I apologize for the shortness of this entry, and it is much later than I wished to post it. The good news in that is that the lateness was derived from considerable amounts of school work, tests, vocabulary, and grammar studies. Though the large workload is common in Japan apparently—this week for some reason had been very time consuming. So, I will make sure my next entry is on time.

Anyhow, I hope you have a splendid day/night/or both,

Bye!

After two months in Japan

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The expansion of the mind in cultural and social structures is something I’ve indeed wished to be begin. Currently, I’m in Nagoya, Japan, attending a university as an exchange student, and after two months I’ve found myself wading through cultural shocks, and finally into what may indeed be the beginnings of cultural acceptance. I’ve adored Japanese culture, as much as an outsider can. Now being here, acclimating to the environment, and forming new habits, I’ve come to a sort of beginnings of potential assimilation.

My brain now is looking for new words in Japanese to describe things as it does with English. I’m able to focus upon my school work more appropriately, and I am more adventurous in that I’m more willing to go further and further into new places within the country. I’ve found as well, that my introversion is beginning to become in conflict. Of course, part of my introvertedness stems from heavy writing and painting which does not require social communication. The other part comes from my own lack of trust in myself. So, while I know I must begin to let go of my heavy self-criticism, I will not be apart from being socially awkward, which isn’t as much of a negative as it is commonly perceived. But, I digress.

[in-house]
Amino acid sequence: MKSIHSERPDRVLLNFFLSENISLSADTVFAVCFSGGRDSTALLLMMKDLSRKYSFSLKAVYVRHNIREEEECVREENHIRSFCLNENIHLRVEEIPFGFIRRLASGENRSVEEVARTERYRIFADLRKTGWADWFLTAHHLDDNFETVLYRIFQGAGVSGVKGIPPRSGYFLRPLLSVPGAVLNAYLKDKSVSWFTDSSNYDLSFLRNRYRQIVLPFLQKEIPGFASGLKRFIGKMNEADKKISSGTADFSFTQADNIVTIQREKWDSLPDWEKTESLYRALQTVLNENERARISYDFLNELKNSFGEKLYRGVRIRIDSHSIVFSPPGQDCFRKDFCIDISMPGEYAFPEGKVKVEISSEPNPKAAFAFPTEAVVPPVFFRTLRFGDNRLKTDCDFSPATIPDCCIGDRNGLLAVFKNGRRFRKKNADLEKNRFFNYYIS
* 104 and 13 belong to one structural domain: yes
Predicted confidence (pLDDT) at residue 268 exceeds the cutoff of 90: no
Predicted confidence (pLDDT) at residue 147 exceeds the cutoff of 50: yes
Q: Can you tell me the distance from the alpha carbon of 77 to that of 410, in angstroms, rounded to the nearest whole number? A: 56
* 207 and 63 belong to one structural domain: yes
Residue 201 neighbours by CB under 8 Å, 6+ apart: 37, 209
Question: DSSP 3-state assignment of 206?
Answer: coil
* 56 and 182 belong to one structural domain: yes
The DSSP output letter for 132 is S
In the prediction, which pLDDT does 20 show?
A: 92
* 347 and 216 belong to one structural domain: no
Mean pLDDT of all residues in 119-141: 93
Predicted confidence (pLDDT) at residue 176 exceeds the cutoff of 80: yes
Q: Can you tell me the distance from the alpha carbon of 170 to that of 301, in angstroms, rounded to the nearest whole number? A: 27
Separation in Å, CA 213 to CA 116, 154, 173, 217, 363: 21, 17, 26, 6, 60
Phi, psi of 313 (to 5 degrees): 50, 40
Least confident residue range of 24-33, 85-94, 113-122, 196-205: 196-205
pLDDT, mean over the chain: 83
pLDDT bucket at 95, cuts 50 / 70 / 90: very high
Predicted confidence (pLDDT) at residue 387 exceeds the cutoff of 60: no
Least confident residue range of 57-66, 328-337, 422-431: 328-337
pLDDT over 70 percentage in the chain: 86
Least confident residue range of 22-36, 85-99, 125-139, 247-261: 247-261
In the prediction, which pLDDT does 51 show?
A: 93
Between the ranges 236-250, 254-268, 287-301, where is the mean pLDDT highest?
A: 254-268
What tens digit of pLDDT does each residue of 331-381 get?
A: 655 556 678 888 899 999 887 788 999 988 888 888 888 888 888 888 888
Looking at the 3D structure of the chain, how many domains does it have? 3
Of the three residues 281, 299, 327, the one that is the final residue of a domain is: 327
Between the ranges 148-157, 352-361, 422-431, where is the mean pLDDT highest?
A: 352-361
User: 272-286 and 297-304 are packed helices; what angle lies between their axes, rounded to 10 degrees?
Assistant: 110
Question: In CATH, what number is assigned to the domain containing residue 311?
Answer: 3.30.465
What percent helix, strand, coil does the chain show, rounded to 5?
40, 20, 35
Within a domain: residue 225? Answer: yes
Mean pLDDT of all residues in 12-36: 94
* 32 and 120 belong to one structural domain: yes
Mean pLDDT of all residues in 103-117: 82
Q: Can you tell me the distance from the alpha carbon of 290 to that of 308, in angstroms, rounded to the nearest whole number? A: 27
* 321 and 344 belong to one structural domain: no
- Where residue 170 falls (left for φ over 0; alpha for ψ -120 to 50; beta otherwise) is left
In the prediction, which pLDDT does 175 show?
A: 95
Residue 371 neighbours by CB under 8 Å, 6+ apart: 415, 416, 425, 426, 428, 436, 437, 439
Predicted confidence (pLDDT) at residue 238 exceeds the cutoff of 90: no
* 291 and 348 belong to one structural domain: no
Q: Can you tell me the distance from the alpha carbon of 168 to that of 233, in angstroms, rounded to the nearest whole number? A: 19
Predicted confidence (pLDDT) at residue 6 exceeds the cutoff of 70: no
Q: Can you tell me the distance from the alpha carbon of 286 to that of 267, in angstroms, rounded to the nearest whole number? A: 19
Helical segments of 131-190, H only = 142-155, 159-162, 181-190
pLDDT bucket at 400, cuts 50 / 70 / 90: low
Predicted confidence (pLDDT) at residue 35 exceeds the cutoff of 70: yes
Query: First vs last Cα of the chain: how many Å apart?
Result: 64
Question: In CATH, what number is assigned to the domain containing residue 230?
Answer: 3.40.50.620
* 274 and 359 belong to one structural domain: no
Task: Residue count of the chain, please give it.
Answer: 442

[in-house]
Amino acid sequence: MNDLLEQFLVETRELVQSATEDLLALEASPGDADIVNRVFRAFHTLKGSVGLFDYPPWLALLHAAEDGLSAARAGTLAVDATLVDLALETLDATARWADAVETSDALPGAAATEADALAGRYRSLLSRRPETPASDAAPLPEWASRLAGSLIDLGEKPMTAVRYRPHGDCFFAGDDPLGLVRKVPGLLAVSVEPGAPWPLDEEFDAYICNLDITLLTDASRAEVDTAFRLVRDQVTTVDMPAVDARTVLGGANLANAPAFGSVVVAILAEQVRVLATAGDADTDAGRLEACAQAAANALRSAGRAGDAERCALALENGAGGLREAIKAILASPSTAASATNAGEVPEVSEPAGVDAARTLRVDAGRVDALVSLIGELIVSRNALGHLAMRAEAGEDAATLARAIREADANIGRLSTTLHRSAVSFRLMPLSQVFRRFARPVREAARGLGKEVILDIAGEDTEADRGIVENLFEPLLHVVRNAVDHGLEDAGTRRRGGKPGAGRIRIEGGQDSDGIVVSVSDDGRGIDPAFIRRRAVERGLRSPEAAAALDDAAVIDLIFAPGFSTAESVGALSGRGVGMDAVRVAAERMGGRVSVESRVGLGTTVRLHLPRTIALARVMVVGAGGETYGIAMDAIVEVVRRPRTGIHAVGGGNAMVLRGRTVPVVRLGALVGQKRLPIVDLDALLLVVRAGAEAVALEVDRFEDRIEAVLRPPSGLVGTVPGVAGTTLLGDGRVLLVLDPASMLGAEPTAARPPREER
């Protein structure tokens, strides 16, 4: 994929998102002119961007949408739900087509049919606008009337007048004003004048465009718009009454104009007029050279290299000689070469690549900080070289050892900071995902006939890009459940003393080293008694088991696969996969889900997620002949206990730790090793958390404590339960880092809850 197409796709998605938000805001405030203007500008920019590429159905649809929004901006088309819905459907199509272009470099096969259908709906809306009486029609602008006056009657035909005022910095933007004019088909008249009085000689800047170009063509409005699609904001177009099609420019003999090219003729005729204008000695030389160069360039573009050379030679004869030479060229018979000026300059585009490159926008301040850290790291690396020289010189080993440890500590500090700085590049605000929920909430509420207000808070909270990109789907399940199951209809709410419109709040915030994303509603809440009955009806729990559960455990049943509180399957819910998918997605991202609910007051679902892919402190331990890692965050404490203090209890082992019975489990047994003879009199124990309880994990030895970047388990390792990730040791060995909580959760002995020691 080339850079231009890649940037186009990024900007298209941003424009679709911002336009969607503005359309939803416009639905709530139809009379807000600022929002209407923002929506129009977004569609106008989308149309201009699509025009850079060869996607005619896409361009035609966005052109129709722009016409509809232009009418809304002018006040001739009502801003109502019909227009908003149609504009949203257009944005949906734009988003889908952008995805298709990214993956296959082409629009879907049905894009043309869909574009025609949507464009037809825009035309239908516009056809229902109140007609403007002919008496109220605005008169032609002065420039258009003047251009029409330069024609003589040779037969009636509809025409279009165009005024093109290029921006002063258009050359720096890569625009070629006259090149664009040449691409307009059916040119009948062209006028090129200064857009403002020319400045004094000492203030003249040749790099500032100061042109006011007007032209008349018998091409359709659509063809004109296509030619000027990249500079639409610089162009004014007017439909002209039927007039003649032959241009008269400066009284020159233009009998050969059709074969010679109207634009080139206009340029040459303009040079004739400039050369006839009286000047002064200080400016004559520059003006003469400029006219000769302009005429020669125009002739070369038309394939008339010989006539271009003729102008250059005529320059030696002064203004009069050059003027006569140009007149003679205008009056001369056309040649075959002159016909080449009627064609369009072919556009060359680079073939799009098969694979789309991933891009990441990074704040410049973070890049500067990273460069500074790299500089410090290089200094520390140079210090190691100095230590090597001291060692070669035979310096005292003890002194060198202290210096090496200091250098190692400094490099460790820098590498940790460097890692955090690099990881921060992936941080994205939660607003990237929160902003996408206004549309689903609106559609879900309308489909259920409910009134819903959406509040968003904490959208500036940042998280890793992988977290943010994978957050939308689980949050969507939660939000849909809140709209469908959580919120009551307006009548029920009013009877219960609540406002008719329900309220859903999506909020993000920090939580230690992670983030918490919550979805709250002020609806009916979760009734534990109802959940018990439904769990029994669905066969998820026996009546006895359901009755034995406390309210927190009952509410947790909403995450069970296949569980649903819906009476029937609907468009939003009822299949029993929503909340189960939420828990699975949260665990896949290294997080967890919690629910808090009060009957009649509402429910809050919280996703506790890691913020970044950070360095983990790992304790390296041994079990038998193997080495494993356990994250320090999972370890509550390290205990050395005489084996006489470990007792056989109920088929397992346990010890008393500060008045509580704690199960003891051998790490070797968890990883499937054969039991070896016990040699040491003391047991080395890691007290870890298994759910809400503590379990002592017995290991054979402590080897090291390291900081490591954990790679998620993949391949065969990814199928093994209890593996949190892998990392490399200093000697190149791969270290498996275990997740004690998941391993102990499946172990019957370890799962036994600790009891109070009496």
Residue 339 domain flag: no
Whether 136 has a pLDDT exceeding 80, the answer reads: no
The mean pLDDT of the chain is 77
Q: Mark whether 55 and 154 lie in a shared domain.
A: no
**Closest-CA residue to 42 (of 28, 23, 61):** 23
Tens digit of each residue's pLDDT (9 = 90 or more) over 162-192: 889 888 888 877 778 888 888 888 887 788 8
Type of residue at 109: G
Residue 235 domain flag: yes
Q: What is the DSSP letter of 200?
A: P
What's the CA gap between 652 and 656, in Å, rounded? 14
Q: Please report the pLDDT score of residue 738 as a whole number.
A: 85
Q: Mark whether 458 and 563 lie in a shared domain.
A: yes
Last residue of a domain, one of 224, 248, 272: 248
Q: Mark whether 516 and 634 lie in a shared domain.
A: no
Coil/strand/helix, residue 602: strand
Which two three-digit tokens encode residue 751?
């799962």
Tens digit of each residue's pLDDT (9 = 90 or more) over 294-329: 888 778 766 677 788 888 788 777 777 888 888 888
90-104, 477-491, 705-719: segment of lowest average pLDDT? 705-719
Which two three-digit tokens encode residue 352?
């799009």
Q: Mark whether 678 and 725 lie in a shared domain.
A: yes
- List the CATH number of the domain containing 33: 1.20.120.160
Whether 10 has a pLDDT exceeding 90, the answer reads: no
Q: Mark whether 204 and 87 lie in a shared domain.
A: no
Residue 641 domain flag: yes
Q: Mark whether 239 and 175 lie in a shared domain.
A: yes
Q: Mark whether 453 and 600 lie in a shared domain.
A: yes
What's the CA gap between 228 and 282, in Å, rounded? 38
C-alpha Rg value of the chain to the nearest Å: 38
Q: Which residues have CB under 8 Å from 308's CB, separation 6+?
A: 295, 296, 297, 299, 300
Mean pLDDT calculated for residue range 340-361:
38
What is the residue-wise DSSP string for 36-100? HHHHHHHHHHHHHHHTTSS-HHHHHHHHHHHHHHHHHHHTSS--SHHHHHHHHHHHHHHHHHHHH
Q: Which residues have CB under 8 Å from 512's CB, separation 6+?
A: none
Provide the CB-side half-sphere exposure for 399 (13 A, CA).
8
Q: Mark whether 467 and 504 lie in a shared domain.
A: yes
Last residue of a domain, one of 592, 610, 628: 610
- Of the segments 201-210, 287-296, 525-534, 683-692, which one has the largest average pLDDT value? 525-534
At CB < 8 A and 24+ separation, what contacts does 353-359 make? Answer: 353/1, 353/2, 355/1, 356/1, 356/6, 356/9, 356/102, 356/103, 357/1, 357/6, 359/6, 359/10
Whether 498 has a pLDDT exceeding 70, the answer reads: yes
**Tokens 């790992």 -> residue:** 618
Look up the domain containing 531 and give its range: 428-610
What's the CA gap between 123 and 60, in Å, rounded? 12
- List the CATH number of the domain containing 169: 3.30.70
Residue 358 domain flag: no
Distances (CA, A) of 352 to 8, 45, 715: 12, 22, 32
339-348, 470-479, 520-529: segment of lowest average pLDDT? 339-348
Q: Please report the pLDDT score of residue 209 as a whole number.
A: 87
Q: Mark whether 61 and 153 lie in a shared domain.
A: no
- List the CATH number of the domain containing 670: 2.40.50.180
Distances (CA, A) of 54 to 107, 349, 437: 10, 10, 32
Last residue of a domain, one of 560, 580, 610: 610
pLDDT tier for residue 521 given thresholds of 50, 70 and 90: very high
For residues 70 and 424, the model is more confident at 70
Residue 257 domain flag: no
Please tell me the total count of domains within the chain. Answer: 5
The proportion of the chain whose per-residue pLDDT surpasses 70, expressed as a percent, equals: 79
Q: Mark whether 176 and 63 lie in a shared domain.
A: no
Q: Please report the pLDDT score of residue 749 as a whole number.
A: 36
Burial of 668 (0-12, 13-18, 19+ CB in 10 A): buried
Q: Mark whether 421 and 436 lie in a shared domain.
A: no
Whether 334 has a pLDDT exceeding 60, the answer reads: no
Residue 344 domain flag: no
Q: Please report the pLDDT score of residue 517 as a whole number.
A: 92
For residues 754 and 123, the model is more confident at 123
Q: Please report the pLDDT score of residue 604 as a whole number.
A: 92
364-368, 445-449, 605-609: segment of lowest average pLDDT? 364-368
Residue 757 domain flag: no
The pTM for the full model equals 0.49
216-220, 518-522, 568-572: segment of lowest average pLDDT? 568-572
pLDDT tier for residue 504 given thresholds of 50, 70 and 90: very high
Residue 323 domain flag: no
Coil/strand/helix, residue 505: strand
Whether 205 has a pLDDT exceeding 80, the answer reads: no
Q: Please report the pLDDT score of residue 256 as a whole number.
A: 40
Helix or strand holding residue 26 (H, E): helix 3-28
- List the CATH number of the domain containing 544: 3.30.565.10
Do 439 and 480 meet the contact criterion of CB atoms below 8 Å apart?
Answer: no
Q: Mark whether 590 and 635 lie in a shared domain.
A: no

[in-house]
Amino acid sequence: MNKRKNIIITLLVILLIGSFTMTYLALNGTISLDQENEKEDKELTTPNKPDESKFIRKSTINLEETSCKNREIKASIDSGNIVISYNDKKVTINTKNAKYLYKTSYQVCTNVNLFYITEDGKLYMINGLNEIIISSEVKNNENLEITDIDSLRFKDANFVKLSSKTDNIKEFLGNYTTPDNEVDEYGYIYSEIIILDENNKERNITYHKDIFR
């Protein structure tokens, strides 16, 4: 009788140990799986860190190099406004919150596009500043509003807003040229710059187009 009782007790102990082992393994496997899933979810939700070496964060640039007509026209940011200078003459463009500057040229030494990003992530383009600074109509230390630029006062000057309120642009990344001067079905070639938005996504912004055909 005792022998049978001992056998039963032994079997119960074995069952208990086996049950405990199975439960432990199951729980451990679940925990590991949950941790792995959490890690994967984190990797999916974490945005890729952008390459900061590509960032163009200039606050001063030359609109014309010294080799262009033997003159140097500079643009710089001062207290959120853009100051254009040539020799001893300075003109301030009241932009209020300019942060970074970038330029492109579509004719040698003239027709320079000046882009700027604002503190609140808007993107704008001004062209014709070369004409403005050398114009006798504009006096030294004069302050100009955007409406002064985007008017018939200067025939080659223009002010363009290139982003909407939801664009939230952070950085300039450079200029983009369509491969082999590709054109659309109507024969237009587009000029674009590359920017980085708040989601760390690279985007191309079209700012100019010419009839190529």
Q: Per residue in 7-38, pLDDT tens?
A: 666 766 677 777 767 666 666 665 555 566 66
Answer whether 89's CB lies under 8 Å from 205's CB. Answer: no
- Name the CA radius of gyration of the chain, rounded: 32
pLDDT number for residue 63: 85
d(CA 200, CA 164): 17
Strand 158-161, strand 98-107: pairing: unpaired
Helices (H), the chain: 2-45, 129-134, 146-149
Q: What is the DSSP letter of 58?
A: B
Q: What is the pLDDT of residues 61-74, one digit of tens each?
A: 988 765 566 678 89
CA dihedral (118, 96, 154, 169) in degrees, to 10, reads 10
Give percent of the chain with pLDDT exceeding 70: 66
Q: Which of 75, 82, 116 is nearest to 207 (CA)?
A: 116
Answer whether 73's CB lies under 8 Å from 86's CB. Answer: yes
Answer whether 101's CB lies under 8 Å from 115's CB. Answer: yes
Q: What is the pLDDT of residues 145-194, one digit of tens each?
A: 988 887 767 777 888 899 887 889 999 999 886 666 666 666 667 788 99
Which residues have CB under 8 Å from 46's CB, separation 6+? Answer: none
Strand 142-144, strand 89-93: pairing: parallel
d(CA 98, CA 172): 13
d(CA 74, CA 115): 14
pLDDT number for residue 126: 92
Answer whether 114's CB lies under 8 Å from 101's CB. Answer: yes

Since being here, I’ve been to two festivals, a spring and an autumn festival. Between the venders, the performances and the commonly produced atmosphere, I can say that the persona of the collective body has an unbridled beauty. There is a creativity and a looseness which the western festivals (to which I’ve been) lack. Perhaps it is a different vibrational output, or perhaps it is a lack of child-like excitement from the adult community. Either way, I find I have greater attraction and anticipation of Japanese festivals than the ones back in America. It may be that it is not more potent of an aura, but rather one to which I resonate. Time will tell if it is novelty or true appreciation.

I’m taking Japanese Language courses, and amidst the intensive streams of home-work, studies, tests, and lessons, social and cultural assimilation; I can say it’s begun to leave an impression.

Already, with me just upon the coast of my time here; I wince at the thought of my return to my home country. Within the two months I’ve spent here, the impression it has made, will be much deeper and wider after ten months. I look forward and harden my skin the coming events, both the good and the bad.